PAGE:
The Cincinnati Bengals have not run the ball well in 2012 after investing a lot into improving that aspect of their team. If the Bengals want to right the ship and get back to .500, they will need to be effective at running the ball on Sunday against the Broncos.
Bengals fans should have been hoping for an overall refocus from the team during their bye week. They let a handful of winnable games slip through their grasp and are now tasked with making up some ground during a more difficult part of their 2012 schedule. Part of that refocus has to be to get the running game back on track to balance out their offensive attack and take some of the pressure off of second-year quarterback Andy Dalton.
You can probably file this one under "no duh", but hear me out: the Bengals will need to effectively run the football to win the game against the Broncos on Sunday. Obviously, when a team can run the ball well, they control the clock and the game. When a team can achieve that, a victory is almost always ensured.
There are two main reasons for this--the first was what I mentioned above. Dalton has had the task of taking the offense on his shoulders almost every game and it has led to mixed results. While he is on pace to shatter his statistical numbers from last season, some of those numbers unfortunately include interceptions. However, it's hard not to acknowledge what Dalton has been able to do without a consistent running game in his year and a half as the Bengals' quarterback.
Aside from alleviating general pressure off of Dalton, there's another reason that the Bengals need to run the ball effectively--he goes by the name of Peyton Manning. Many teams and coaches have attempted to contain Manning (because you can't stop him) over the years to no avail. The handful of times that it has happened, it was when the opposing team was able to bring constant pressure, as well as keep Manning off of the field by owning the clock.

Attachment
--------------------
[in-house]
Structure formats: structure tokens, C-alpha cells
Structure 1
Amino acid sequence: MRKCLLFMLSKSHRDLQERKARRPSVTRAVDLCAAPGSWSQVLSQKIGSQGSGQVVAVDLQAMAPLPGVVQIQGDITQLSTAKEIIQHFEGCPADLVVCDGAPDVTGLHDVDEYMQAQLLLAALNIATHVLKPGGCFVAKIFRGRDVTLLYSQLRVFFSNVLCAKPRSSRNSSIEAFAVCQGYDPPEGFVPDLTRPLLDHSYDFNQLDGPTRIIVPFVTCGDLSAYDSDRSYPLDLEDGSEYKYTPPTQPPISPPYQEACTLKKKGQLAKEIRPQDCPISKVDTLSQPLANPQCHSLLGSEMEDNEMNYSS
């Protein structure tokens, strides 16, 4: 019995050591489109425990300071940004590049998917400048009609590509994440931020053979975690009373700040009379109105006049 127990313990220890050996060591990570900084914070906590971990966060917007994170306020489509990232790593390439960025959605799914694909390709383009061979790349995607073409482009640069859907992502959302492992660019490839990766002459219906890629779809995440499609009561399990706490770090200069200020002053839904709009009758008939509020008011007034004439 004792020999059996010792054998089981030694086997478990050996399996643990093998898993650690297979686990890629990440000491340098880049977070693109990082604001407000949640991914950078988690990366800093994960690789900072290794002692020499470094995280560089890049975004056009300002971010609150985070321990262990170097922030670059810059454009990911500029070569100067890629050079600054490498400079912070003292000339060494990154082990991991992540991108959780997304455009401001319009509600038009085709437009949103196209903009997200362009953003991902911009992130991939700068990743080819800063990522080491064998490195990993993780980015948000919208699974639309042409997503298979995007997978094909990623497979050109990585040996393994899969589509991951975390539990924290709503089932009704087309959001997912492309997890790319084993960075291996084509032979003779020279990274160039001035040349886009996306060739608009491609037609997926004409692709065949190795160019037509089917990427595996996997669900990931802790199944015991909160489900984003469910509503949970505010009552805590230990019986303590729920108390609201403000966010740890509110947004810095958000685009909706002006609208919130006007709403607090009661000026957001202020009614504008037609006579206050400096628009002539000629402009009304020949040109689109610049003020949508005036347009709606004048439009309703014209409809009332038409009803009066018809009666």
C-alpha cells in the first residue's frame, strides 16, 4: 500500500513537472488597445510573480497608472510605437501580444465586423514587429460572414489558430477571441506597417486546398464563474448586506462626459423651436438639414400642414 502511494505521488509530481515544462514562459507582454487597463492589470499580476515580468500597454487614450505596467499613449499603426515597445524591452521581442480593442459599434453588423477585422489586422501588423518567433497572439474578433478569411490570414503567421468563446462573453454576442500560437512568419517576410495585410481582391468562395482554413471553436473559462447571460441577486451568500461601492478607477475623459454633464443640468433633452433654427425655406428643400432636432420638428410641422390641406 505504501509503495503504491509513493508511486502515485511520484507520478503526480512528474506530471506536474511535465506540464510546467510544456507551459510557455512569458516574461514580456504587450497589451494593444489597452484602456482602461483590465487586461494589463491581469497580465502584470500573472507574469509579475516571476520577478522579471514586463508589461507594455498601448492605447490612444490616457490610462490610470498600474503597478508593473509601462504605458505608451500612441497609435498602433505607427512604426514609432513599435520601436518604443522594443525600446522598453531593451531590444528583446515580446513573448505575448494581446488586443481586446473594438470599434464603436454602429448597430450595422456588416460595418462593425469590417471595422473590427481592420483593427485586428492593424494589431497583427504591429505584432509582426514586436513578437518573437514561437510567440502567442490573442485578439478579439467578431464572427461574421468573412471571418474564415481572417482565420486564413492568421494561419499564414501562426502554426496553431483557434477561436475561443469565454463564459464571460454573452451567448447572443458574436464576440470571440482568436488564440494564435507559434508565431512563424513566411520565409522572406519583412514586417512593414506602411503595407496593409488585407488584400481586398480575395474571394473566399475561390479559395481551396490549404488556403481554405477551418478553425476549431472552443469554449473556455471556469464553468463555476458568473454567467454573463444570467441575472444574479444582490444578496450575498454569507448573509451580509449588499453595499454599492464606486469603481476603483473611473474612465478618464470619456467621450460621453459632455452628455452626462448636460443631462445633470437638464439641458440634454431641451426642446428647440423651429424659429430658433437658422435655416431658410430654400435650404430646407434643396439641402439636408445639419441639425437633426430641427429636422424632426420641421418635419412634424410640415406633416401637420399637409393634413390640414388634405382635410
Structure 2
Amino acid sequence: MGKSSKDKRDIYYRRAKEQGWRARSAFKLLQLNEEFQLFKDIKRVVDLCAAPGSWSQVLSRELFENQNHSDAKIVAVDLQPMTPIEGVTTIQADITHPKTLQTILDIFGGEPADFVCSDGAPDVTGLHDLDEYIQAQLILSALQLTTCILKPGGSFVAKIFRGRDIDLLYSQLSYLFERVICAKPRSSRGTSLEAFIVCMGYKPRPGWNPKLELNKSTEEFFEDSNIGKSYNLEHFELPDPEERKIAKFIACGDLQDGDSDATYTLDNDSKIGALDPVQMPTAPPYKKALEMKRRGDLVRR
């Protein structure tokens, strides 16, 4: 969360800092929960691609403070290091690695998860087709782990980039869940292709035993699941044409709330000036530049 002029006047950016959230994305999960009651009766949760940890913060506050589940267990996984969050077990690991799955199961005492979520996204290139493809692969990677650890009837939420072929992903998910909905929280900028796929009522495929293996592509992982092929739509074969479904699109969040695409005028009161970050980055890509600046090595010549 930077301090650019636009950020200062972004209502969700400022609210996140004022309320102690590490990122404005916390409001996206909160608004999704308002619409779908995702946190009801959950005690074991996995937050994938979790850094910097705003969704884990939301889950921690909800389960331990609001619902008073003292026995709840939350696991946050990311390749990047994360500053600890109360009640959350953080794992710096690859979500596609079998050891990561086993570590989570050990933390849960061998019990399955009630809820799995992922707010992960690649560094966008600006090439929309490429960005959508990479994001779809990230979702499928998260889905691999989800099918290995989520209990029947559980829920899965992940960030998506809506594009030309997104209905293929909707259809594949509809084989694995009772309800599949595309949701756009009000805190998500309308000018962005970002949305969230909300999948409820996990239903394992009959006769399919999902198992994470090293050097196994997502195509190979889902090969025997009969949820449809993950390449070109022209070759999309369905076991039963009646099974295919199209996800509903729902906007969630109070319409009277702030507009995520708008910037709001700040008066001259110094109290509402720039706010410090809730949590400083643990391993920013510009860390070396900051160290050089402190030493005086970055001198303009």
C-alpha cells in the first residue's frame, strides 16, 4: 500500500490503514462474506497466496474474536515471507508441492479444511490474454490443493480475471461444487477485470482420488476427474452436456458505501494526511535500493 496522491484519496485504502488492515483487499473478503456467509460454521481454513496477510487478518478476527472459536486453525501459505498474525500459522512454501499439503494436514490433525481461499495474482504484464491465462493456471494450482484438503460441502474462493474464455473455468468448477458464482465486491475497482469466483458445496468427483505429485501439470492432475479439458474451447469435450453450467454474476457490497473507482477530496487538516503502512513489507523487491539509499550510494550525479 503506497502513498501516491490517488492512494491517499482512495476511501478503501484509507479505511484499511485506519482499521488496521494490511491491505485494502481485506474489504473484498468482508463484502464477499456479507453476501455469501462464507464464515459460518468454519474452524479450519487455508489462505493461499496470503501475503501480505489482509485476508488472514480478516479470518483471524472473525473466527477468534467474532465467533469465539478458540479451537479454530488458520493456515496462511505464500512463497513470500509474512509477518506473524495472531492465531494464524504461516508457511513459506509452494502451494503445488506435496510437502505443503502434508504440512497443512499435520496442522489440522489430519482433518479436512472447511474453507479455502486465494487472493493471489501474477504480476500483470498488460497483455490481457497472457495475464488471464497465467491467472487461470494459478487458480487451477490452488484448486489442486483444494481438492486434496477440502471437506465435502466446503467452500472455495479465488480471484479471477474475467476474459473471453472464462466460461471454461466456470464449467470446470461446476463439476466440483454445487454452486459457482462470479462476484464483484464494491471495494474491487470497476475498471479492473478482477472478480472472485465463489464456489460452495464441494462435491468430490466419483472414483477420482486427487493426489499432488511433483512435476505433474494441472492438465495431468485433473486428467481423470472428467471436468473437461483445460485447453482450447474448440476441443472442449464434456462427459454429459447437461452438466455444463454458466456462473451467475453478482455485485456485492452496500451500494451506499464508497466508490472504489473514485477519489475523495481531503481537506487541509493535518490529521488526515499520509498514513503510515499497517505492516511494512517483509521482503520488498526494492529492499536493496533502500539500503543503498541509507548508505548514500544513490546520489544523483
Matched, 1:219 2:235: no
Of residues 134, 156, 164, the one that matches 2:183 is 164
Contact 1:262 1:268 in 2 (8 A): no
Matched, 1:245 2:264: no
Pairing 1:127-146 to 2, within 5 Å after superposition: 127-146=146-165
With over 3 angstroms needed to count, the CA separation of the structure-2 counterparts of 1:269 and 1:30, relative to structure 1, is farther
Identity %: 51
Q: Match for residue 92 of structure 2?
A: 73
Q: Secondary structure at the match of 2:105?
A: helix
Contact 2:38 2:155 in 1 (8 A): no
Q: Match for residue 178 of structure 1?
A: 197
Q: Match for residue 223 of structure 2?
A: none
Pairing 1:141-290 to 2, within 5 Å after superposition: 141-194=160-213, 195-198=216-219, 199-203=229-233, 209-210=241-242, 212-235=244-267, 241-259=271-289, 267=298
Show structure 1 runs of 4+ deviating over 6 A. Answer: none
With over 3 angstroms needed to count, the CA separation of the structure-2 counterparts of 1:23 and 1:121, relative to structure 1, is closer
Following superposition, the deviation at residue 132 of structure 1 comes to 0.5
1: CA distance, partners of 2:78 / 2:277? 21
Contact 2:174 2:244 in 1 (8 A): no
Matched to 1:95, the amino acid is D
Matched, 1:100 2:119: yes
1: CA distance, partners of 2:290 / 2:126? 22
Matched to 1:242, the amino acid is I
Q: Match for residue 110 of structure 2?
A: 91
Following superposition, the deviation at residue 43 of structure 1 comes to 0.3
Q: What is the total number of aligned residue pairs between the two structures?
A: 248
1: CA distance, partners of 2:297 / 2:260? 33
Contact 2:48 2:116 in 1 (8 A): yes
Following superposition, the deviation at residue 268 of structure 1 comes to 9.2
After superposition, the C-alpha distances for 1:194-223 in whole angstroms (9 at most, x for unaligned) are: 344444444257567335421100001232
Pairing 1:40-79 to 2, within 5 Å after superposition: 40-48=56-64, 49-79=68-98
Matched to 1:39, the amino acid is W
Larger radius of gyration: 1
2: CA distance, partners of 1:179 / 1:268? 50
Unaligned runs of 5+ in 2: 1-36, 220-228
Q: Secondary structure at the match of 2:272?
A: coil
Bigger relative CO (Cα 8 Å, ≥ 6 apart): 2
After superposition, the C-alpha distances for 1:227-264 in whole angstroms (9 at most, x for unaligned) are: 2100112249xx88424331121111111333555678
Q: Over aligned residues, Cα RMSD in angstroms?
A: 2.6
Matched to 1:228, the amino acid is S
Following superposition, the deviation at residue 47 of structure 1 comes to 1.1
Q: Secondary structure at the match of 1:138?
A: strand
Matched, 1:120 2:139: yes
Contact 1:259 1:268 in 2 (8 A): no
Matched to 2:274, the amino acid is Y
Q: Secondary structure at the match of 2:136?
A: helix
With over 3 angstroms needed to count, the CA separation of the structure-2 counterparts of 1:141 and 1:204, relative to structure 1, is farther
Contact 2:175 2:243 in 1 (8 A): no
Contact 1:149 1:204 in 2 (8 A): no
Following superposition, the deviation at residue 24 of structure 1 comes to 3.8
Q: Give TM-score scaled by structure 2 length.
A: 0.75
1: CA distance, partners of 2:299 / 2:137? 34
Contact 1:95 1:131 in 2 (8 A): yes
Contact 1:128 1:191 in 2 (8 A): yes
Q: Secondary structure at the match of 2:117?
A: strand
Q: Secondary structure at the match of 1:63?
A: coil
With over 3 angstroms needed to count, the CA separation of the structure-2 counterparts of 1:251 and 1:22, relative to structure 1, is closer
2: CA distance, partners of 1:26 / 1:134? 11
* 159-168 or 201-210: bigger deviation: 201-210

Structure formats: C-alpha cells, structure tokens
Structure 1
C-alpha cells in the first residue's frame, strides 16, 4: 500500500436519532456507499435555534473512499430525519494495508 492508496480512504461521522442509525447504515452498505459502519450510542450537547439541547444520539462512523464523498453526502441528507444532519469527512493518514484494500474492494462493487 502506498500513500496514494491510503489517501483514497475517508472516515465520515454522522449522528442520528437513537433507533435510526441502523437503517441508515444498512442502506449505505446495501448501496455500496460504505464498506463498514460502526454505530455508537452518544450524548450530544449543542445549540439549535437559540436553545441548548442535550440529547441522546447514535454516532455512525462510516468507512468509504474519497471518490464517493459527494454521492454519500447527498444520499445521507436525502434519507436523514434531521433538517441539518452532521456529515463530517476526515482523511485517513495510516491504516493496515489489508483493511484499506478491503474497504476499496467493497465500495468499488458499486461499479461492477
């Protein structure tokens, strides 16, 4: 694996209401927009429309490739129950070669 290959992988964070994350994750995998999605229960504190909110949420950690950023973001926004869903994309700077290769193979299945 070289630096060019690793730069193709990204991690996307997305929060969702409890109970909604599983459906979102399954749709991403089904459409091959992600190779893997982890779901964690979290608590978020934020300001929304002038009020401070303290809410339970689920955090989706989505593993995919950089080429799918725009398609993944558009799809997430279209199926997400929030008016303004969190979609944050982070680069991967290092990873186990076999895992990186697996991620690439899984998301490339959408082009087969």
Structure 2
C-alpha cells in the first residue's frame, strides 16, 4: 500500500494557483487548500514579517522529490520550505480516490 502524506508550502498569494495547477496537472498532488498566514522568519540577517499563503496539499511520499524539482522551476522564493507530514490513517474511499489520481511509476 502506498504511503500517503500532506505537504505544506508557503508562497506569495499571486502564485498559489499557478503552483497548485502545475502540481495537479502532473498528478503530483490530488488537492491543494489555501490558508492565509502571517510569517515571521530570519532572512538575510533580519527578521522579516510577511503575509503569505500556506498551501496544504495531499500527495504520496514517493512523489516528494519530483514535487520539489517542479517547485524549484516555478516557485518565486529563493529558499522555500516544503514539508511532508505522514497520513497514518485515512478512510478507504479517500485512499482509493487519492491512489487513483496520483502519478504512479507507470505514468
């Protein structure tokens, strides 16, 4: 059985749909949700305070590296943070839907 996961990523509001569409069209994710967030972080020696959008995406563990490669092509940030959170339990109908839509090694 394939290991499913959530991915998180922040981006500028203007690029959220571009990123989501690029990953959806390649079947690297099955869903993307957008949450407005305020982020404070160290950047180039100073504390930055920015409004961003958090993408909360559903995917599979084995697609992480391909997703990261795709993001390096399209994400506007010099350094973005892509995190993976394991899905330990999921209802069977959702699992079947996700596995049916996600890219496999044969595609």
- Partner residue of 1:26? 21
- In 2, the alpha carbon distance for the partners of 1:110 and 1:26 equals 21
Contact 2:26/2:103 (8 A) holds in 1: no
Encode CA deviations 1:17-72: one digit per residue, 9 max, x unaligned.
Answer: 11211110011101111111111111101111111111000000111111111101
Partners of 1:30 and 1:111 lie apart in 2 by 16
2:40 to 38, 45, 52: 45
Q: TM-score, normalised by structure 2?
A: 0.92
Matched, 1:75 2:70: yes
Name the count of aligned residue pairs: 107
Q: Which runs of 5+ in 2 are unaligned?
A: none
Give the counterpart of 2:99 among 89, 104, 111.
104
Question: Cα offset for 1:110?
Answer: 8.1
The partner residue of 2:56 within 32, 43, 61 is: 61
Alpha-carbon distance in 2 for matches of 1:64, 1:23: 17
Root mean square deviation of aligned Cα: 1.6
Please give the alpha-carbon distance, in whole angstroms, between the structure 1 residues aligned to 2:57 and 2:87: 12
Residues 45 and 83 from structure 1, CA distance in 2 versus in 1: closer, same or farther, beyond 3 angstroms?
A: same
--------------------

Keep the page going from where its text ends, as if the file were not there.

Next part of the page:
How do you "own the clock"? Well, sometimes the best defense is a good offense, as they say. By chewing clock and hogging the ball, the Bengals will manage to keep Manning off of the field. And by keeping him off of the field, it won't allow him to hurt the Bengals defense. If you think that any lead is safe against No.18, go ask Jon Gruden and/or Norv Turner and they'll tell you otherwise. Furthermore, the Bengals don't have the most stellar track record against Manning either (horrible, in fact), so they'll want to play keep away from him as much as possible.
If the Bengals win on Sunday, we hope and expect BenJarvus Green-Ellis and/or the offensive line to be the game's MVP(s). Cincinnati will have to execute a gameplan that so many other teams have failed at over the years against Manning in order to be victorious.